MARLBOROUGH, Mass.--(BUSINESS WIRE)--Hologic, Inc. (Nasdaq: HOLX) has received CE mark for its new Aptima® CMV Quant assay in Europe, the Company announced today. This assay, which quantifies the viral load of human cytomegalovirus (CMV), is intended for use to aid in the diagnosis and management of solid-organ transplant patients and hematopoietic stem cell transplant patients. This in vitro nucleic acid amplification test (NAAT) uses real-time transcription-mediated amplification (TMA) technology on the fully automated Panther® system and can be used with human plasma and whole blood samples.
“Immunocompromised patients are vulnerable to a range of infections, with CMV a frequent complication, and healthcare providers need to quantify and monitor CMV accurately,” said Jan Verstreken, group president, International. “Our Aptima CMV Quant assay is the first in a new line of Hologic assays for transplant patients and demonstrates our commitment to our laboratory partners to expand our molecular diagnostics business into new segments.”
Human CMV is a common DNA virus that belongs to the herpes family. Its prevalence in the population ranges from 45 to 100% worldwide.1,2 CMV infections are typically mild or asymptomatic in people with normal immune systems. However, in immunocompromised people such as transplant recipients, CMV is a common cause of morbidity and mortality. CMV, like other herpes viruses, may cause a lifelong latent infection that can sporadically reactivate. In transplant recipients, transfer of latent CMV in the graft or reactivation of latent CMV infection in the host may result in widespread viral replication and dissemination to multiple organs, which is often life-threatening.2
As higher viral loads generally correlate to an increased risk of CMV disease,3,4 it is crucial that CMV levels are quantitated in transplant patients, in conjunction with monitoring clinical presentation and other laboratory markers. Recent guidelines recommend at least weekly monitoring of CMV viral load post-transplant to guide decisions about starting anti-CMV therapy as well as to monitor response to therapy.5,6,7 Quantitative nucleic acid amplification testing is the preferred method as it is both rapid and sensitive.
For more information on the Aptima assays, visit www.hologic.com.
Hologic, Inc. is an innovative medical technology company primarily focused on improving women’s health and well-being through early detection and treatment. For more information on Hologic, visit www.hologic.com.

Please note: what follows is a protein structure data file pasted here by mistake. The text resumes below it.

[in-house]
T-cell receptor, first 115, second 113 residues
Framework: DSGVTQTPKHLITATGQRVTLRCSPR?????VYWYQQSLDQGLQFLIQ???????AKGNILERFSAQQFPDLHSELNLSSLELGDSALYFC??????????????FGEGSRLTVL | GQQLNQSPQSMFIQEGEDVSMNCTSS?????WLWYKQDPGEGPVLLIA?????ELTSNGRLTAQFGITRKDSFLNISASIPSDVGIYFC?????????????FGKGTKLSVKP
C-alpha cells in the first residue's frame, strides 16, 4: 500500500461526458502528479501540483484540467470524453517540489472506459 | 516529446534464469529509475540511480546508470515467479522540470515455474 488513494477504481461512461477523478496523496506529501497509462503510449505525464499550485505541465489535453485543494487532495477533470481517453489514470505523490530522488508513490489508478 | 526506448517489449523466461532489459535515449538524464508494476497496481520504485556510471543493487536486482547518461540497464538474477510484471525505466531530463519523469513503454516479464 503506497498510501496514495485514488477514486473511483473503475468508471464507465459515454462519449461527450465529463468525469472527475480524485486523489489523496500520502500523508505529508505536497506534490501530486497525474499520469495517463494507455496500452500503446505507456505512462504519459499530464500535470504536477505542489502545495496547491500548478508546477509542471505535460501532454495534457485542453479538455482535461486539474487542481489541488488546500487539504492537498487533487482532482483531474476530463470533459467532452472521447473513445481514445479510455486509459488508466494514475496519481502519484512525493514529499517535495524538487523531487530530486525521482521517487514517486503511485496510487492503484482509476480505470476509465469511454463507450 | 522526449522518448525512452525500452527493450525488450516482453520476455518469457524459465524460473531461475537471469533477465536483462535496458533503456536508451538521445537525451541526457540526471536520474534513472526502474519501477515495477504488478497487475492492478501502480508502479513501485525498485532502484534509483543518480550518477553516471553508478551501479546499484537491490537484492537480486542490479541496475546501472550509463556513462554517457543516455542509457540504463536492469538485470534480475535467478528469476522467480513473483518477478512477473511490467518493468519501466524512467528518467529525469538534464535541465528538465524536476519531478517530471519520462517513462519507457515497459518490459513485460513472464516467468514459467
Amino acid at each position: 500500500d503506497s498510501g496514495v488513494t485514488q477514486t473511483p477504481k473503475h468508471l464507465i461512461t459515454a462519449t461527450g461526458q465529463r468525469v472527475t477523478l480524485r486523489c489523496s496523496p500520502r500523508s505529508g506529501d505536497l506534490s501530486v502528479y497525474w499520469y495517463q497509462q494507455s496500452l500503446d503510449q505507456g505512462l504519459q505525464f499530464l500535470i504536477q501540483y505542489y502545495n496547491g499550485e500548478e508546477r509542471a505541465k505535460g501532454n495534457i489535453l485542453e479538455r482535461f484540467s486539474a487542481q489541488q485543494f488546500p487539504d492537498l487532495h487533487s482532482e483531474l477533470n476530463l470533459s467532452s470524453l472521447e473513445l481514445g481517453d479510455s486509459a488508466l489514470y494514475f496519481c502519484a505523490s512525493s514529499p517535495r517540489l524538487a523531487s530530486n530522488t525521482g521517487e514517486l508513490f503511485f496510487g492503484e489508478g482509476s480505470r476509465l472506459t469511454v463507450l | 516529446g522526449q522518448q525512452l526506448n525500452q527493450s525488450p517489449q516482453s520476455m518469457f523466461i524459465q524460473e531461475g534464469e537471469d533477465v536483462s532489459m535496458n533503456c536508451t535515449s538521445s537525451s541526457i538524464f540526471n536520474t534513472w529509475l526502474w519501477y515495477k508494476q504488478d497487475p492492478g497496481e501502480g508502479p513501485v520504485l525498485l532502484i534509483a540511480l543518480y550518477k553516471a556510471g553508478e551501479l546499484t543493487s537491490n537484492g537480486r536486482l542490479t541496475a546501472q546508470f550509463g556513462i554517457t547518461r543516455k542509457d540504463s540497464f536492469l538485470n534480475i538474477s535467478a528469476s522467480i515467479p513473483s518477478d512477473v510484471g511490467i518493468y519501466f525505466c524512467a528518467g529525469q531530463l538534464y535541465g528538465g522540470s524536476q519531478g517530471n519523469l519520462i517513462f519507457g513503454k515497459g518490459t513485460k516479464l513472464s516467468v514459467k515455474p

Hologic Forward-Looking Statements
This press release may contain forward-looking information that involves risks and uncertainties, including statements about the use of Hologic’s diagnostic products. There can be no assurance these products will achieve the benefits described herein or that such benefits will be replicated in any particular manner with respect to an individual patient. The actual effect of the use of the products can only be determined on a case-by-case basis depending on the particular circumstances and patient in question. In addition, there can be no assurance that these products will be commercially successful or achieve any expected level of sales. Hologic expressly disclaims any obligation or undertaking to release publicly any updates or revisions to any such statements presented herein to reflect any change in expectations or any change in events, conditions or circumstances on which any such statements are based.
Hologic, The Science of Sure, Aptima, and Panther are registered trademarks of Hologic, Inc. in the United States and/or other countries.
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3 Wills MR, Poole E, Lau B, Krishna B, Sinclair JH. The immunology of human cytomegalovirus latency: could latent infection be cleared by novel immunotherapeutic strategies Cell and Mol Immunol. 2015;12:128-38
4 Kotton CN, Kumar D, Caliendo AM, et al. The Third International Consensus Guidelines on the Management of Cytomegalovirus in Solid Organ Transplantation. Transplantation. 2018;102(6):900-931.
5 de la Cámara R. CMV in Hematopoietic Stem Cell Transplantation. Mediterranean Journal of Hematology and Infectious Diseases.2016; 20;8(1):e2016031.
6 Emery VC, Sabin CA, Cope AV, et al. Application of Viral-Load Kinetics to Identify Patients who Develop Cytomegalovirus Disease After Transplantation. Lancet. 2000; 10;355(9220):2032-6.
7 Humar A, Gregson D, Caliendo AM, et al. Clinical Utility of Quantitative Cytomegalovirus Viral Load Determination for Predicting Cytomegalovirus Disease in Liver Transplant Recipients. Transplantation. 1999; 15;68(9):1305-11.
8 Razonable RR, Hayden RT. Clinical Utility of Viral Load in Management of Cytomegalovirus Infection After Solid Organ Transplantation. Clinical Microbiology Reviews. 2013; 26(4):703-727.
SOURCE: Hologic, Inc.